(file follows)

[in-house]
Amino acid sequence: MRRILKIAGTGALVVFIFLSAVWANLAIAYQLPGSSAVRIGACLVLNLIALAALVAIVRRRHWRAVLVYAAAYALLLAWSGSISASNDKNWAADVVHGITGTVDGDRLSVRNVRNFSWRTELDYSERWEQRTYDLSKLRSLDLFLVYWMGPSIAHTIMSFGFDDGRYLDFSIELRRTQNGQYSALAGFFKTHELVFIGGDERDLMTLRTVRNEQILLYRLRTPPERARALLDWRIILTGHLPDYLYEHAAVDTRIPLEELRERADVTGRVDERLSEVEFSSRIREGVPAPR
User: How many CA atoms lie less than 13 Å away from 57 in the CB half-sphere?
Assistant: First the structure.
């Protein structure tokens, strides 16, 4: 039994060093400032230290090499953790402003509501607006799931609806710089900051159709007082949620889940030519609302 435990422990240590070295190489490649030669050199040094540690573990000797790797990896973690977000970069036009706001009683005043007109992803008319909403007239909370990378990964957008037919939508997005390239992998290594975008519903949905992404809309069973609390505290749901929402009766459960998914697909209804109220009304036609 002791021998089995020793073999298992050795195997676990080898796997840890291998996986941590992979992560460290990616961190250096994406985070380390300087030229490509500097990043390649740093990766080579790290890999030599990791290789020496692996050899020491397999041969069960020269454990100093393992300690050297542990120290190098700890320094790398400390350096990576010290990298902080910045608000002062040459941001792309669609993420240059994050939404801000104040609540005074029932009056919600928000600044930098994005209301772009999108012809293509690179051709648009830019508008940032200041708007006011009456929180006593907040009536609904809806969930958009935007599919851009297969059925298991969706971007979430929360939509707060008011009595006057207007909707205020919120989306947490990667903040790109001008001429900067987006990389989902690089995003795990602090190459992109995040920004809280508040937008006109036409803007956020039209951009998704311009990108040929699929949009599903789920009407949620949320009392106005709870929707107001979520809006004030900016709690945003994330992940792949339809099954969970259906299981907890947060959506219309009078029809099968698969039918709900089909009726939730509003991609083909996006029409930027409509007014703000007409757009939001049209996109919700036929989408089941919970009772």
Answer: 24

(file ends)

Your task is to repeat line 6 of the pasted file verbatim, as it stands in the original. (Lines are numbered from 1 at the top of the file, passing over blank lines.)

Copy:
Answer: 24